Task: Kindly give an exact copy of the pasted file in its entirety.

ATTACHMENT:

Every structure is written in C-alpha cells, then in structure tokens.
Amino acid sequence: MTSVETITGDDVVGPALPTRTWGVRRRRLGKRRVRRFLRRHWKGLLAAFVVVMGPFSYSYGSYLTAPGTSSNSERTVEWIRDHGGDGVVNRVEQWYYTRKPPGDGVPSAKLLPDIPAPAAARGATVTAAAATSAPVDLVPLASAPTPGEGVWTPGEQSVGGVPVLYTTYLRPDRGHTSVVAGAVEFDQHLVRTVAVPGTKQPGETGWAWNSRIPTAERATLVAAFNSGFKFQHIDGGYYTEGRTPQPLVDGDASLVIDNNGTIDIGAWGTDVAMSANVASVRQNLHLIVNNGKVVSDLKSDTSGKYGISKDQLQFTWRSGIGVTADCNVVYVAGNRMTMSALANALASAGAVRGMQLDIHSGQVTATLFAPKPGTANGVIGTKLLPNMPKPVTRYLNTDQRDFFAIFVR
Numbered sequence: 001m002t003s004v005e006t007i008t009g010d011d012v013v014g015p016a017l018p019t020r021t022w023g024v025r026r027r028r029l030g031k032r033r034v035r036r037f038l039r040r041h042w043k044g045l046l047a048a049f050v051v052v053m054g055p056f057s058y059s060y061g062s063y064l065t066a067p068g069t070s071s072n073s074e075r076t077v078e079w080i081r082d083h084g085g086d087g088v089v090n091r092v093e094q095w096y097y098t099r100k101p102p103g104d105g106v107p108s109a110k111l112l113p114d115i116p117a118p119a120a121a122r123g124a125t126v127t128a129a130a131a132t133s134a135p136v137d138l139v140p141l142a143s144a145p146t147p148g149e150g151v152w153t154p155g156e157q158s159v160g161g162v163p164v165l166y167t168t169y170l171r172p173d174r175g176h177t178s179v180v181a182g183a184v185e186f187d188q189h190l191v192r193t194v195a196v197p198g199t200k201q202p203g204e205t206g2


Every structure is written in C-alpha cells, then in structure tokens.
Amino acid sequence: MTSVETITGDDVVGPALPTRTWGVRRRRLGKRRVRRFLRRHWKGLLAAFVVVMGPFSYSYGSYLTAPGTSSNSERTVEWIRDHGGDGVVNRVEQWYYTRKPPGDGVPSAKLLPDIPAPAAARGATVTAAAATSAPVDLVPLASAPTPGEGVWTPGEQSVGGVPVLYTTYLRPDRGHTSVVAGAVEFDQHLVRTVAVPGTKQPGETGWAWNSRIPTAERATLVAAFNSGFKFQHIDGGYYTEGRTPQPLVDGDASLVIDNNGTIDIGAWGTDVAMSANVASVRQNLHLIVNNGKVVSDLKSDTSGKYGISKDQLQFTWRSGIGVTADCNVVYVAGNRMTMSALANALASAGAVRGMQLDIHSGQVTATLFAPKPGTANGVIGTKLLPNMPKPVTRYLNTDQRDFFAIFVR
Numbered sequence: 001m002t003s004v005e006t007i008t009g010d011d012v013v014g015p016a017l018p019t020r021t022w023g024v025r026r027r028r029l030g031k032r033r034v035r036r037f038l039r040r041h042w043k044g045l046l047a048a049f050v051v052v053m054g055p056f057s058y059s060y061g062s063y064l065t066a067p068g069t070s071s072n073s074e075r076t077v078e079w080i081r082d083h084g085g086d087g088v089v090n091r092v093e094q095w096y097y098t099r100k101p102p103g104d105g106v107p108s109a110k111l112l113p114d115i116p117a118p119a120a121a122r123g124a125t126v127t128a129a130a131a132t133s134a135p136v137d138l139v140p141l142a143s144a145p146t147p148g149e150g151v152w153t154p155g156e157q158s159v160g161g162v163p164v165l166y167t168t169y170l171r172p173d174r175g176h177t178s179v180v181a182g183a184v185e186f187d188q189h190l191v192r193t194v195a196v197p198g199t200k201q202p203g204e205t206g2